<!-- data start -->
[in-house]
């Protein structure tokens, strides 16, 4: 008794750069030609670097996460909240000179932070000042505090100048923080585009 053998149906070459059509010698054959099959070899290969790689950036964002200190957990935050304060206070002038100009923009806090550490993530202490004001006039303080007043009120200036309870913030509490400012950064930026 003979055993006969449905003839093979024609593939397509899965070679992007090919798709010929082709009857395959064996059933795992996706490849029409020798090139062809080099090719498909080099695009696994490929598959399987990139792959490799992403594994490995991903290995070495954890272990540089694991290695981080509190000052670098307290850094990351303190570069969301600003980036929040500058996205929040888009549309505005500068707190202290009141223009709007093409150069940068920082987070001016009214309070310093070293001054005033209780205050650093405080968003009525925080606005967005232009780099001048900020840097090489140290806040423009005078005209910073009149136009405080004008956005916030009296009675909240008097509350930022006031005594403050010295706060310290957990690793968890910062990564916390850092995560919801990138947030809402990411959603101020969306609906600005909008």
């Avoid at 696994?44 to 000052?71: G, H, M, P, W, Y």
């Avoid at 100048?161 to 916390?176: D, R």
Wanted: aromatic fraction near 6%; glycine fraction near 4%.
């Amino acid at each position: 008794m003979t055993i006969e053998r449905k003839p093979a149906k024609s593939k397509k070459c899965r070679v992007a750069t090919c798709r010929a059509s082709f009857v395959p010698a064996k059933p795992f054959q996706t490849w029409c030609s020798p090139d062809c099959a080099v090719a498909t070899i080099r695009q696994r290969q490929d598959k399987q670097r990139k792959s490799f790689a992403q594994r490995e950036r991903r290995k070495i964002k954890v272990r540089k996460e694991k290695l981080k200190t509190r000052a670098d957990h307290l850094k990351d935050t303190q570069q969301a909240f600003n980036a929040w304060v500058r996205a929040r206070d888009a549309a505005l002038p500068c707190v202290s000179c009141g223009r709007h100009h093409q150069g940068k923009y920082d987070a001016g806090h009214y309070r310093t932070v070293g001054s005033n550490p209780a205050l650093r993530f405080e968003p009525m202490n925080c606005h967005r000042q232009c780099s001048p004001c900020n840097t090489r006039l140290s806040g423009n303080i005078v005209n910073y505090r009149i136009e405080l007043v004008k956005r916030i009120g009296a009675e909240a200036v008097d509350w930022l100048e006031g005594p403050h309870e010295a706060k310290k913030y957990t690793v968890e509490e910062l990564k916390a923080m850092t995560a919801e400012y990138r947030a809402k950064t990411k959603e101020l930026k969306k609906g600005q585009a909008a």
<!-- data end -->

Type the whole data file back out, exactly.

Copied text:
[in-house]
């Protein structure tokens, strides 16, 4: 008794750069030609670097996460909240000179932070000042505090100048923080585009 053998149906070459059509010698054959099959070899290969790689950036964002200190957990935050304060206070002038100009923009806090550490993530202490004001006039303080007043009120200036309870913030509490400012950064930026 003979055993006969449905003839093979024609593939397509899965070679992007090919798709010929082709009857395959064996059933795992996706490849029409020798090139062809080099090719498909080099695009696994490929598959399987990139792959490799992403594994490995991903290995070495954890272990540089694991290695981080509190000052670098307290850094990351303190570069969301600003980036929040500058996205929040888009549309505005500068707190202290009141223009709007093409150069940068920082987070001016009214309070310093070293001054005033209780205050650093405080968003009525925080606005967005232009780099001048900020840097090489140290806040423009005078005209910073009149136009405080004008956005916030009296009675909240008097509350930022006031005594403050010295706060310290957990690793968890910062990564916390850092995560919801990138947030809402990411959603101020969306609906600005909008």
């Avoid at 696994?44 to 000052?71: G, H, M, P, W, Y």
């Avoid at 100048?161 to 916390?176: D, R």
Wanted: aromatic fraction near 6%; glycine fraction near 4%.
């Amino acid at each position: 008794m003979t055993i006969e053998r449905k003839p093979a149906k024609s593939k397509k070459c899965r070679v992007a750069t090919c798709r010929a059509s082709f009857v395959p010698a064996k059933p795992f054959q996706t490849w029409c030609s020798p090139d062809c099959a080099v090719a498909t070899i080099r695009q696994r290969q490929d598959k399987q670097r990139k792959s490799f790689a992403q594994r490995e950036r991903r290995k070495i964002k954890v272990r540089k996460e694991k290695l981080k200190t509190r000052a670098d957990h307290l850094k990351d935050t303190q570069q969301a909240f600003n980036a929040w304060v500058r996205a929040r206070d888009a549309a505005l002038p500068c707190v202290s000179c009141g223009r709007h100009h093409q150069g940068k923009y920082d987070a001016g806090h009214y309070r310093t932070v070293g001054s005033n550490p209780a205050l650093r993530f405080e968003p009525m202490n925080c606005h967005r000042q232009c780099s001048p004001c900020n840097t090489r006039l140290s806040g423009n303080i005078v005209n910073y505090r009149i136009e405080l007043v004008k956005r916030i009120g009296a009675e909240a200036v008097d509350w930022l100048e006031g005594p403050h309870e010295a706060k310290k913030y957990t690793v968890e509490e910062l990564k916390a923080m850092t995560a919801e400012y990138r947030a809402k950064t990411k959603e101020l930026k969306k609906g600005q585009a909008a």